This chandelier quilt features beautiful squares on point borders. I couldn’t find any information about this quilt, but I wanted to include it because of its unique borders and scrappy-style fabric selection.
The maker also appears to use stitch-in-the-ditch quilting, allowing the quilt pattern to be front and center.
Here is another gorgeous chandelier quilt example I found on Pinterest. Danelle Tiller made this quilt with a calm green color palette and beautiful modern quilting.
This quilt is an excellent example of a smaller version of the chandelier pattern. I like how she used white for the binding to give the quilt a clean, modern look.
How cute is the fabric selection for this baby quilt? The maker used two yards of white background fabric and two charm packs (with over half a charm pack leftover) to create this sweet 46”x48” baby quilt.
A quilt like this would make a wonderful baby shower gift and be a quick project, even for a beginner quilter.
Wow, this quilt is truly eye-catching! This 92”x107” quilt would fit perfectly on a queen-size bed and have plenty of drape on all sides of the bed. If you have a bunch of scraps laying around, this chandelier quilt pattern would be an excellent use for them.
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Here is a lovely chandelier quilt made by Mary Quilts. As you can see, she didn’t use the white background for the outer background blocks and, instead, used a fun botanical-themed fabric to create a border around the center of the quilt.
This is an excellent idea if you don’t have enough white fabric or want a contrasting color for the outer triangles.
Here is another chandelier quilt similar to #2 with the fun diamond braid borders. The designer of this quilt also included a beautiful butterfly block in each corner.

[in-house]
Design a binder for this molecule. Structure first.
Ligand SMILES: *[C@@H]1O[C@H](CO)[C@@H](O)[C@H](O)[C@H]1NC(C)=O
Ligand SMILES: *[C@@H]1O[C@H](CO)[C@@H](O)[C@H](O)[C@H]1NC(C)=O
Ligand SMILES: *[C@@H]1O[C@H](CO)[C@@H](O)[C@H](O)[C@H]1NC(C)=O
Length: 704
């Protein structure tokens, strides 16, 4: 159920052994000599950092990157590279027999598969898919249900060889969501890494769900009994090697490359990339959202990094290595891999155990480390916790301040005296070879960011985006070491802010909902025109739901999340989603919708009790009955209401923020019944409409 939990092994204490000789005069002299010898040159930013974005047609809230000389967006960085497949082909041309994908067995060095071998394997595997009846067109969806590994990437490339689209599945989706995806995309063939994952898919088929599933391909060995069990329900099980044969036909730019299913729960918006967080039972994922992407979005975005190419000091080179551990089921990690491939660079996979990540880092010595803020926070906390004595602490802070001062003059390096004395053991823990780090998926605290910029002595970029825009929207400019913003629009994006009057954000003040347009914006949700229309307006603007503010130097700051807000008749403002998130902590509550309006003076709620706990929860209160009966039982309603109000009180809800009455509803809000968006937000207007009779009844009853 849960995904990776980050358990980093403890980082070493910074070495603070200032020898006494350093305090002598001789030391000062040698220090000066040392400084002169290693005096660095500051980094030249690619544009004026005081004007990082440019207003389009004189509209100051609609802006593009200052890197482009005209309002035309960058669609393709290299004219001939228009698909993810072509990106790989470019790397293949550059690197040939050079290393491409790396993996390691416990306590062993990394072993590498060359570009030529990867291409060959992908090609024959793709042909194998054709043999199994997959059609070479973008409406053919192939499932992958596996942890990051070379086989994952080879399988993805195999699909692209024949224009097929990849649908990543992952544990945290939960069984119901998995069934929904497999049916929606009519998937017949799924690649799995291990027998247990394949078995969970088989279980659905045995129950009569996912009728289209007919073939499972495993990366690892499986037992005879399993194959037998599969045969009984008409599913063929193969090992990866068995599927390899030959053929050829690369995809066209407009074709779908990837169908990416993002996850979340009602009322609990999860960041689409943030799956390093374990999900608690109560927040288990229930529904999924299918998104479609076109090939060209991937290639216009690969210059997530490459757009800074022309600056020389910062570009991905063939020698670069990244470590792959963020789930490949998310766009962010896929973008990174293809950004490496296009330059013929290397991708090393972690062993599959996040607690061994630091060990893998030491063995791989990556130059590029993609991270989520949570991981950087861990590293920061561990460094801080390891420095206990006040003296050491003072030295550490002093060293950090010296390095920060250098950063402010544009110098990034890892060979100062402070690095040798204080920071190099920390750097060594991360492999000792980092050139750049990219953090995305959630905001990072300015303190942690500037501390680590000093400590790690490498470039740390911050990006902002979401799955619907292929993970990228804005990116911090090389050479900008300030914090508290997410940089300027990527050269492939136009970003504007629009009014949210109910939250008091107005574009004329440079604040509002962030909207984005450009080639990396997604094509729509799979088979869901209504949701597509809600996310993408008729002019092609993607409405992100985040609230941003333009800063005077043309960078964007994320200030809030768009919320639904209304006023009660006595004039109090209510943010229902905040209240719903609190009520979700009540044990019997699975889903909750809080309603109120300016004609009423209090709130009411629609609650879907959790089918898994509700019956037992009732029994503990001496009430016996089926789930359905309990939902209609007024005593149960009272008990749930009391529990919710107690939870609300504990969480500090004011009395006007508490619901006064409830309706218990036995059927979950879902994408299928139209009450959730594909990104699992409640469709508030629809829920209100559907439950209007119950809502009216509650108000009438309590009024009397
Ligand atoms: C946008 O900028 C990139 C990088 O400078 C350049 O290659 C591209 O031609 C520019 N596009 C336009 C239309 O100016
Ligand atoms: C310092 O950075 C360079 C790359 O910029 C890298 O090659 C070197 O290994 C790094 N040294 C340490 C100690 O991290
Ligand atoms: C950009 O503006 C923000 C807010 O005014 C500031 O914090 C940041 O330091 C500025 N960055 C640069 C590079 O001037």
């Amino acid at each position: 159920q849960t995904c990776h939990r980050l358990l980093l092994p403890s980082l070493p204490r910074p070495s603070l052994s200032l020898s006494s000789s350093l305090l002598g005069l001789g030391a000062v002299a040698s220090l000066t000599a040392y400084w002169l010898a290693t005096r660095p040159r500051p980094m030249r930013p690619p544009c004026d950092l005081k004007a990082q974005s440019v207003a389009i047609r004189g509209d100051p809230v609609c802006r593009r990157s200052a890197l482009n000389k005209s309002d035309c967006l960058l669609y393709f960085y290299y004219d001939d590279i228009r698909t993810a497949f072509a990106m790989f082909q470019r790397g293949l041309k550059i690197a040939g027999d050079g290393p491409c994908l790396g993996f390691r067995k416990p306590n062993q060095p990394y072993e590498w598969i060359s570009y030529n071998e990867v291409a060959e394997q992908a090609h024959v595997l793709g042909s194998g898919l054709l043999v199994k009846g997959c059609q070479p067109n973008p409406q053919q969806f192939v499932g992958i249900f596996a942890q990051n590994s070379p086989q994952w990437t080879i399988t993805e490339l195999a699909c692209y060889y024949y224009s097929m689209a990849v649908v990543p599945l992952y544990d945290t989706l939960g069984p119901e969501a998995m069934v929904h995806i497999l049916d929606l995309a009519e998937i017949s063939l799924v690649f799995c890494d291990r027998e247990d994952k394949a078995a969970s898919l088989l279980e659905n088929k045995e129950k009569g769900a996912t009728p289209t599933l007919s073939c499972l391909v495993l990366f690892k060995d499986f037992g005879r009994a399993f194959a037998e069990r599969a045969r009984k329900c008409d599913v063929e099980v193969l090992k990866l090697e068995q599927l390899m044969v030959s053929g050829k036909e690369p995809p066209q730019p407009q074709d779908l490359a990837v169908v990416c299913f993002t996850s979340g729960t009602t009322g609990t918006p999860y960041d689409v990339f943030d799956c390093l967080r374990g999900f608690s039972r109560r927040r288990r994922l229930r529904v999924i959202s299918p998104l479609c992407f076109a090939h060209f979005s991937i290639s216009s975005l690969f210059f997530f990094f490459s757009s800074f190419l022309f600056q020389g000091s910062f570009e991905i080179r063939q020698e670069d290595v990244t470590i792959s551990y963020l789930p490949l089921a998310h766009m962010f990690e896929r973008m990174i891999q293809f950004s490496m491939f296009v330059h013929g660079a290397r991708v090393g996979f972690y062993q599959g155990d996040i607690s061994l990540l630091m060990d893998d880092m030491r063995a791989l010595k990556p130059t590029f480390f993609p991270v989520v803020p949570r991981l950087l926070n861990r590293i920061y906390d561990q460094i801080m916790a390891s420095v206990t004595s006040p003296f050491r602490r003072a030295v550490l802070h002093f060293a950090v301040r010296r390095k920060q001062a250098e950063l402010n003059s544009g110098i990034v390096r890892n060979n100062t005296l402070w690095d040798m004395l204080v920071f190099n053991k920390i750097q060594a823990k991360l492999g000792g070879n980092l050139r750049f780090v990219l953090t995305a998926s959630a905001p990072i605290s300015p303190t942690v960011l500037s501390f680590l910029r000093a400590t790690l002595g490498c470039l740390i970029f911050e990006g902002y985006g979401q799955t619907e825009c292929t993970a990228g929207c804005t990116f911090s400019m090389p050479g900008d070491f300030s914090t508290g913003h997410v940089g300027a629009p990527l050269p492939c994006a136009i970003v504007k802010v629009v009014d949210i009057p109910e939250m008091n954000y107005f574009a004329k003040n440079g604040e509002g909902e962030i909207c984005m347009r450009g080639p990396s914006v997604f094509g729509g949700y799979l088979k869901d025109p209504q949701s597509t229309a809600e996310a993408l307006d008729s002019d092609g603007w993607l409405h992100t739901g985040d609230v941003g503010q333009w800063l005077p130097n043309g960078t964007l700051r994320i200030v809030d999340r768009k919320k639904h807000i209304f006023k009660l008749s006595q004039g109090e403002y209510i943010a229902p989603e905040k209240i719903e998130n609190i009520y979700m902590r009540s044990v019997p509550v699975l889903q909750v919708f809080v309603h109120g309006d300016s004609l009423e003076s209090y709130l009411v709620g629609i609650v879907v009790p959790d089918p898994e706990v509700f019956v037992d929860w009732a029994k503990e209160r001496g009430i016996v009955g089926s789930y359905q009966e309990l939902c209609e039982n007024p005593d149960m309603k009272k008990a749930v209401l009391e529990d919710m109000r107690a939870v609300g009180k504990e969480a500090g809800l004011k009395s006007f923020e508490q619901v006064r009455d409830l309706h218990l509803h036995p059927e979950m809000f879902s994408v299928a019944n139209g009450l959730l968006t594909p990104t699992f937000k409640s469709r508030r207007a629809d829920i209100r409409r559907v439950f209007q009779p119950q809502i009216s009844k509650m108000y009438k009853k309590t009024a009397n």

I couldn’t find the exact size of this quilt, but as far as I can tell, it looks like it is a twin-size quilt or a large throw quilt.
Here is a gorgeous rendition of the chandelier quilt pattern using light to dark fabrics, which give a lovely ombre effect to the design.
The illusion of the “falling chandeliers” illusion is a genius design choice and adds an exciting layer to an already modern quilt pattern. The maker also used a dark blue fabric for a border to finish off this beautiful quilt top.
First things first: the decision to use a black background is phenomenal! I love this color palette and the fact that the binding matches the squares of the quilt top.
Since the designer chose to use all solid fabrics, the quilt has almost a mid-century modern feel. This quilt measures 70”x70” and would look great on a twin bed.
Here is a beautiful example of how you can use the chandelier pattern for just part of an overall quilt design to make something unique and one-of-a-kind.
This baby quilt combines the modern square design, gorgeous free-motion quilting, and this fun elephant fabric to make a sweet gift for a little one.
The free-motion quilting steals the show and adds so much interest to the blank space of the white background fabric.
I saved this breath-taking quilt top for last and for a good reason. This chandelier quilt has been kicked up a notch since the maker used log cabin blocks for the center squares of each block, giving the pattern a new look.
It’s a little scrappy, modern, and a lot impressive! I wish I could find an image of the finished quilt, but this was the only photo I could find on Pinterest uploaded by Steph Martin.
I hope these fantastic quilts have inspired you to try the chandelier quilt pattern. From what we looked at today, I think it’s safe to say this pattern is modern, versatile, and an excellent fit for any quilter, whether a beginner or someone who has been quilting for decades.
About the author: Miriam Ronne is a lover of all things quilting and sewing. She is a self-taught quilter and is constantly learning and broadening her skill set to create one-of-a-kind quilts! When she’s not behind her sewing machine you can find her playing with her fur babies or trying her hand at other crafty things.